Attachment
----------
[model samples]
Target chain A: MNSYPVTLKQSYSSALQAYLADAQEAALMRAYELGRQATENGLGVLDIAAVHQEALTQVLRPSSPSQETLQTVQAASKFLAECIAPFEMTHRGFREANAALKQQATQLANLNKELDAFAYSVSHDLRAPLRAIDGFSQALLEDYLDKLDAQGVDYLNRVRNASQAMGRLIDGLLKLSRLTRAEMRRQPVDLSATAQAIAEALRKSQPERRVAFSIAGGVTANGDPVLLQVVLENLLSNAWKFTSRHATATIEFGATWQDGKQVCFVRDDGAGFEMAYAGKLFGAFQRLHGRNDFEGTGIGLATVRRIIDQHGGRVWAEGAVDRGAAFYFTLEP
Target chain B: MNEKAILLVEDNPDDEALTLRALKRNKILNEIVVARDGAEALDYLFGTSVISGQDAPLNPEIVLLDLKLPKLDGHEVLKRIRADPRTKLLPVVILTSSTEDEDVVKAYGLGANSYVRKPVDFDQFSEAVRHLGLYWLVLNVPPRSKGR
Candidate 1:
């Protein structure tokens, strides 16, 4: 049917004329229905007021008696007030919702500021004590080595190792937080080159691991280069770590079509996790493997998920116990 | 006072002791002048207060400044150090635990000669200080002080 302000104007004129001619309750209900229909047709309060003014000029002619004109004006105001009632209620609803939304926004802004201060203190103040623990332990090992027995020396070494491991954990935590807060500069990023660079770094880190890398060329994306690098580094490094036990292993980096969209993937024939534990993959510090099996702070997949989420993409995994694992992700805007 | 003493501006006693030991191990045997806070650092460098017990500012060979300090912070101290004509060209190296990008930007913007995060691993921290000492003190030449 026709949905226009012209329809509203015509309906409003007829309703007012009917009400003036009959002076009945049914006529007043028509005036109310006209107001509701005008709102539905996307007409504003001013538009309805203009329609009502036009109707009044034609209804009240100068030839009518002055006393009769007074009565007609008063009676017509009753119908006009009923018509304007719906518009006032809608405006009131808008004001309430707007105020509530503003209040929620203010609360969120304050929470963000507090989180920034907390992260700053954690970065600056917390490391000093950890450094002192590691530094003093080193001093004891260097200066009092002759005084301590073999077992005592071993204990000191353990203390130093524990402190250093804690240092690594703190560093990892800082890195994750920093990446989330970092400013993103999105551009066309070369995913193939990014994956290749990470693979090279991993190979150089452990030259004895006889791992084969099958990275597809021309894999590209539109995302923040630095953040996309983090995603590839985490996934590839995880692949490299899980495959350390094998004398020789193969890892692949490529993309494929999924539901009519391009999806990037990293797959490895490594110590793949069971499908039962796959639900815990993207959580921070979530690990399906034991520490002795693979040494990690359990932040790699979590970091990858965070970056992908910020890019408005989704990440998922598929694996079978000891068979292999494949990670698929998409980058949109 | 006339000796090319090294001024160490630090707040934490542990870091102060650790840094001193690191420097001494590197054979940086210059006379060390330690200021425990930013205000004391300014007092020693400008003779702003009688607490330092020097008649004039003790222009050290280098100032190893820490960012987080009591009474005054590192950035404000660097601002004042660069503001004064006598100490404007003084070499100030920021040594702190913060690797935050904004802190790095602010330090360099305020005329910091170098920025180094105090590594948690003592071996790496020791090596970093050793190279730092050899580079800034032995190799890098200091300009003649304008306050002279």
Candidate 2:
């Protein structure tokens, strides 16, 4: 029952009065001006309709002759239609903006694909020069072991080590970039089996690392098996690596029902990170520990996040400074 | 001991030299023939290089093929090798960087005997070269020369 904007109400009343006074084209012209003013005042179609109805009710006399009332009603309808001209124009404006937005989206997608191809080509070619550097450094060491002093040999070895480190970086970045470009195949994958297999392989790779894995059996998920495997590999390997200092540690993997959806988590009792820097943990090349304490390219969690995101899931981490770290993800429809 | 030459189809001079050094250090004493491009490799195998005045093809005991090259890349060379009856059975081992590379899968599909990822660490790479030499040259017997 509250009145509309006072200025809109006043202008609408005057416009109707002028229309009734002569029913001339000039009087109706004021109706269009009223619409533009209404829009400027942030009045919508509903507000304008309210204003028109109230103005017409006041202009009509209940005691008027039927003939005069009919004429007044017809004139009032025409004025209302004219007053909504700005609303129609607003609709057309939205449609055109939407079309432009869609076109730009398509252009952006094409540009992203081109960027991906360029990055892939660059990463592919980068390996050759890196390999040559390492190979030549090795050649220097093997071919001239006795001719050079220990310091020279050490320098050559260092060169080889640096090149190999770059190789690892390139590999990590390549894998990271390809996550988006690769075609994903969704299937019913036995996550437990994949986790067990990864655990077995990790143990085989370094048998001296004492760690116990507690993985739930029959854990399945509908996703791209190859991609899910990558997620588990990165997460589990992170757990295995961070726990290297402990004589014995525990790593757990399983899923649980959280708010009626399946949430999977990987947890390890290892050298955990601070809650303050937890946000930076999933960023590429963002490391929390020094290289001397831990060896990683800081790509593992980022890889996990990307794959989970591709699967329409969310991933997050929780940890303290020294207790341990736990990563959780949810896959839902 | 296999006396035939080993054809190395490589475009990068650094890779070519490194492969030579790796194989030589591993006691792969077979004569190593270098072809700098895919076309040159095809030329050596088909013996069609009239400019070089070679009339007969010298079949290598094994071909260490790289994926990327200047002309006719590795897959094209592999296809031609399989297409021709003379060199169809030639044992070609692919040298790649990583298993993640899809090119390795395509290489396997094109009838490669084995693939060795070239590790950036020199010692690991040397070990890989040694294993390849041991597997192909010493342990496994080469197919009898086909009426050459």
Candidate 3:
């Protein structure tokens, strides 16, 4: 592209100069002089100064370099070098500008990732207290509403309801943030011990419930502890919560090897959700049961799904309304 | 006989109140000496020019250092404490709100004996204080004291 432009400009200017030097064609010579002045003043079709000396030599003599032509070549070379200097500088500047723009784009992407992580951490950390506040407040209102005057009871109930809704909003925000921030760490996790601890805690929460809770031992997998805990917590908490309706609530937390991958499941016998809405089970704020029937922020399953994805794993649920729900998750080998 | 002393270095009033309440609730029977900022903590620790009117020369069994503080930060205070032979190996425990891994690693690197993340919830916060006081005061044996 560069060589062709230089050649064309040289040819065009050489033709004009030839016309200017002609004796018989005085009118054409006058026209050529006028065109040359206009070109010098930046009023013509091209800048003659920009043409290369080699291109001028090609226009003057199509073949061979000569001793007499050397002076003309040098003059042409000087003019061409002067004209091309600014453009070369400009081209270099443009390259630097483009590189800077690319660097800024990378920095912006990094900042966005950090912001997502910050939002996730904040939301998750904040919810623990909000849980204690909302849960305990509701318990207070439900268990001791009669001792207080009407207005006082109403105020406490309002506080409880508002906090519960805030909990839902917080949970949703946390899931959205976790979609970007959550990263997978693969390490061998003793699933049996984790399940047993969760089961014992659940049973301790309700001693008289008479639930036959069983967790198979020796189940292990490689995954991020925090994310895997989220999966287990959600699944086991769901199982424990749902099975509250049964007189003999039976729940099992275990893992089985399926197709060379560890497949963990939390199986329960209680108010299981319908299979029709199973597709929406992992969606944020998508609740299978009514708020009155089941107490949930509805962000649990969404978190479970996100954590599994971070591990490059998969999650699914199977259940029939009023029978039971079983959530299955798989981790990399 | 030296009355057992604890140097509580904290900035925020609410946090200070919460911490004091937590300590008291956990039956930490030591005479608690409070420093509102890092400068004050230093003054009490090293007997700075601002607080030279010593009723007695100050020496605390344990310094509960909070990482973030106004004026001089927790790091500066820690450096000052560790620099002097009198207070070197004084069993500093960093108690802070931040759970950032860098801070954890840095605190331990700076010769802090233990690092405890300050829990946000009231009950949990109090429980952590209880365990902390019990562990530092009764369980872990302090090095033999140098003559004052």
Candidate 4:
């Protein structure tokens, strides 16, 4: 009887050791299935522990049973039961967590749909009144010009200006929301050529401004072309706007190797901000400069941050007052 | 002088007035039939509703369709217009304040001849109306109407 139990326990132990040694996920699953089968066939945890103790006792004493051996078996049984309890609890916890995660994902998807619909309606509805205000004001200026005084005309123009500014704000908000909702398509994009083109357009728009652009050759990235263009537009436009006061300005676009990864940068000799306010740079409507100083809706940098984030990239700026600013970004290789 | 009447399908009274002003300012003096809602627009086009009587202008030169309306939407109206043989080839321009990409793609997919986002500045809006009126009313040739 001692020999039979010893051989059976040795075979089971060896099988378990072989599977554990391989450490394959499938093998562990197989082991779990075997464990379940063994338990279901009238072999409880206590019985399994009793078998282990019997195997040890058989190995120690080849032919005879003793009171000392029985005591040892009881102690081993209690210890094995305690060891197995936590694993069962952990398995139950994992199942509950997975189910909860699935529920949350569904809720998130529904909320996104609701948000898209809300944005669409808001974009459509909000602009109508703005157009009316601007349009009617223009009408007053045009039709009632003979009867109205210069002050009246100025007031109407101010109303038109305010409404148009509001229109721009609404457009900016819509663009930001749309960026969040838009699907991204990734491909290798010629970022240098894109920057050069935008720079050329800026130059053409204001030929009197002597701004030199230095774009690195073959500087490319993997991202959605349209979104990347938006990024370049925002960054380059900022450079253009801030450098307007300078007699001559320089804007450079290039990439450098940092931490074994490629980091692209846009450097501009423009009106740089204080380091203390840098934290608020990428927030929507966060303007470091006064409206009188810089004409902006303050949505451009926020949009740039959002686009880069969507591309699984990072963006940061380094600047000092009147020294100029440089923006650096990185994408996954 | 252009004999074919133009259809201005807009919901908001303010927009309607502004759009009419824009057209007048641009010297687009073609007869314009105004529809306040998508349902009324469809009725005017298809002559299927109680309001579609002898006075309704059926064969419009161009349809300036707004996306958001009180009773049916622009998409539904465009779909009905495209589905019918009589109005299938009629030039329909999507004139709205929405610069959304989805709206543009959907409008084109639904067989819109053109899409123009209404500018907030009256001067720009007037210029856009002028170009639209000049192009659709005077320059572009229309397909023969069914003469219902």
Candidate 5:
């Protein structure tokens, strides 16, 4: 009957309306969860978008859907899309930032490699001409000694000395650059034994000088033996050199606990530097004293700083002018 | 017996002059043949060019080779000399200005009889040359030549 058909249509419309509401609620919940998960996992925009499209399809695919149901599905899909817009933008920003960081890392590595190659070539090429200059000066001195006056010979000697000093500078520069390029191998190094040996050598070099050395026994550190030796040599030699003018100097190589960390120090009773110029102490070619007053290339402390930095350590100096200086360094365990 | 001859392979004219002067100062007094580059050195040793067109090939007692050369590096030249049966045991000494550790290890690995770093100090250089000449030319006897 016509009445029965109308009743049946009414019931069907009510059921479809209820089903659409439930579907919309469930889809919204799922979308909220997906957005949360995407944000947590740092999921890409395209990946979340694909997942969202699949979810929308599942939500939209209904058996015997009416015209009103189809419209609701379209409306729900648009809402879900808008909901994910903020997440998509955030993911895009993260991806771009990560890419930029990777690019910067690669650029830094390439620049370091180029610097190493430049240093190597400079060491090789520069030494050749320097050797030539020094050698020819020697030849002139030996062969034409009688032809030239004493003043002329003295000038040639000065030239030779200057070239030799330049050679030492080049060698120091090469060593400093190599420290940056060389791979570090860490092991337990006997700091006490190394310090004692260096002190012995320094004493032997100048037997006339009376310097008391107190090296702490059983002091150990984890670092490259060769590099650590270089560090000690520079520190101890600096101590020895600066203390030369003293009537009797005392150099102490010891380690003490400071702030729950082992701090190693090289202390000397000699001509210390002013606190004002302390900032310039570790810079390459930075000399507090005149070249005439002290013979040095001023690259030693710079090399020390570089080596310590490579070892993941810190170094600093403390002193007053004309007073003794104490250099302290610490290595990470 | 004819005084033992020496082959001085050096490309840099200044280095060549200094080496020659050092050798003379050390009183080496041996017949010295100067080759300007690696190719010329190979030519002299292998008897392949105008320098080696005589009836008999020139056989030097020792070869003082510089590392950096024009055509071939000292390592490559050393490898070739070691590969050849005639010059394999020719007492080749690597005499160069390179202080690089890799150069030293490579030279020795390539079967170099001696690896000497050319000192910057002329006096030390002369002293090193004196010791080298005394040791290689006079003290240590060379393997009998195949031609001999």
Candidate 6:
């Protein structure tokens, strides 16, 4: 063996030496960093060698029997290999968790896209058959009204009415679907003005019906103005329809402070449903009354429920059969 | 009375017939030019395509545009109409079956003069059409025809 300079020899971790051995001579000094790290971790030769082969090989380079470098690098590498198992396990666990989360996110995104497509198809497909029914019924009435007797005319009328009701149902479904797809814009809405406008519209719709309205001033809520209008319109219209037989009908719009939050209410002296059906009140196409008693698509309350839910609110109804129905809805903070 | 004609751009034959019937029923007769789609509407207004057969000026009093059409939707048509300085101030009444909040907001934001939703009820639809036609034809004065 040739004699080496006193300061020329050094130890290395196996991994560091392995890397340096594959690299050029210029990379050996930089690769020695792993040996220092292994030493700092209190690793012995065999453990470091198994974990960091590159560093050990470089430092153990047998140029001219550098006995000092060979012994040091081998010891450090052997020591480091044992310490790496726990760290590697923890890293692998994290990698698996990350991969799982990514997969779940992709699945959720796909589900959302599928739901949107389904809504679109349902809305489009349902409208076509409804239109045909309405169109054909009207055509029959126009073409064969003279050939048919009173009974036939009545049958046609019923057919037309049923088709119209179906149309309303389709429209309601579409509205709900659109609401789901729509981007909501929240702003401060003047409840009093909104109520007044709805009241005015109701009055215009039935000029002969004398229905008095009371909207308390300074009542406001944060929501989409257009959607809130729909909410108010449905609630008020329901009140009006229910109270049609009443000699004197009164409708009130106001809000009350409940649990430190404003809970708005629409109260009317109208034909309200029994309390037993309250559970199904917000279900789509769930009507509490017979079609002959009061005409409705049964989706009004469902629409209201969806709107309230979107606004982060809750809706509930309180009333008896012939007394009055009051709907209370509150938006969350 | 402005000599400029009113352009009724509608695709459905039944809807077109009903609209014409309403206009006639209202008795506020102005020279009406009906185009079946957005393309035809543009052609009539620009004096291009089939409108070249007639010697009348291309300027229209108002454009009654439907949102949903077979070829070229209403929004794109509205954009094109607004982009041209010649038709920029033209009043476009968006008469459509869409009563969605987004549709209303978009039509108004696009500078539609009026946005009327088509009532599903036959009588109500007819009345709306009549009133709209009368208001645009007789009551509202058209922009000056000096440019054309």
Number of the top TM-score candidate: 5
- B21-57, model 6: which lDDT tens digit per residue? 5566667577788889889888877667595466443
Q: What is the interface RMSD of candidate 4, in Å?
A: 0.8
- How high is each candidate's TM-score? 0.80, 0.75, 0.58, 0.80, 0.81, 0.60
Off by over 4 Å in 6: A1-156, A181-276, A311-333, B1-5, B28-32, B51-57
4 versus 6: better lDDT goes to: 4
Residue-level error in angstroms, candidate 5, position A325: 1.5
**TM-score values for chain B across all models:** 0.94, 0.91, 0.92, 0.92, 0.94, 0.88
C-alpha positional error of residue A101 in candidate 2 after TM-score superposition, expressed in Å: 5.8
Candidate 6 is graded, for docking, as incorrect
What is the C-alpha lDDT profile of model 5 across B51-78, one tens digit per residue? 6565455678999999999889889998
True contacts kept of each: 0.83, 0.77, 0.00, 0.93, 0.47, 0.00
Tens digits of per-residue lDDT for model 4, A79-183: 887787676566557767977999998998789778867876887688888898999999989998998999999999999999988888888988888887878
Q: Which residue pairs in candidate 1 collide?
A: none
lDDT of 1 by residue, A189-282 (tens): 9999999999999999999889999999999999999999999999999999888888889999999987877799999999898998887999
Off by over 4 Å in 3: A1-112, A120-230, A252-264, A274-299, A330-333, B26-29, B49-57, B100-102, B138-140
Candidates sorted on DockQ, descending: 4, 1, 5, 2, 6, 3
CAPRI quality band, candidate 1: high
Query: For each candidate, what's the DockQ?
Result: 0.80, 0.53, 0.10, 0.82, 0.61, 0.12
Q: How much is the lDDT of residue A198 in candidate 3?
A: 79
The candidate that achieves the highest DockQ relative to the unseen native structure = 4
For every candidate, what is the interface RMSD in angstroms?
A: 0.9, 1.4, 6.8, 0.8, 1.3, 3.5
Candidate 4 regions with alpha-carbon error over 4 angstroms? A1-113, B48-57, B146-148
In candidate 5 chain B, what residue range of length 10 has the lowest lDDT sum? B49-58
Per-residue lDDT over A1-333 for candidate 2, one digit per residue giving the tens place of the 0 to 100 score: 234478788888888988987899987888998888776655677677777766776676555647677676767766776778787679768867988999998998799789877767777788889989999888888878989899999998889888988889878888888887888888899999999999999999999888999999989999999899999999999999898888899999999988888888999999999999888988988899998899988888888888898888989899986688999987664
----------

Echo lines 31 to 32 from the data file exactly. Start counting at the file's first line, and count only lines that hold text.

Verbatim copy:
A: none
lDDT of 1 by residue, A189-282 (tens): 9999999999999999999889999999999999999999999999999999888888889999999987877799999999898998887999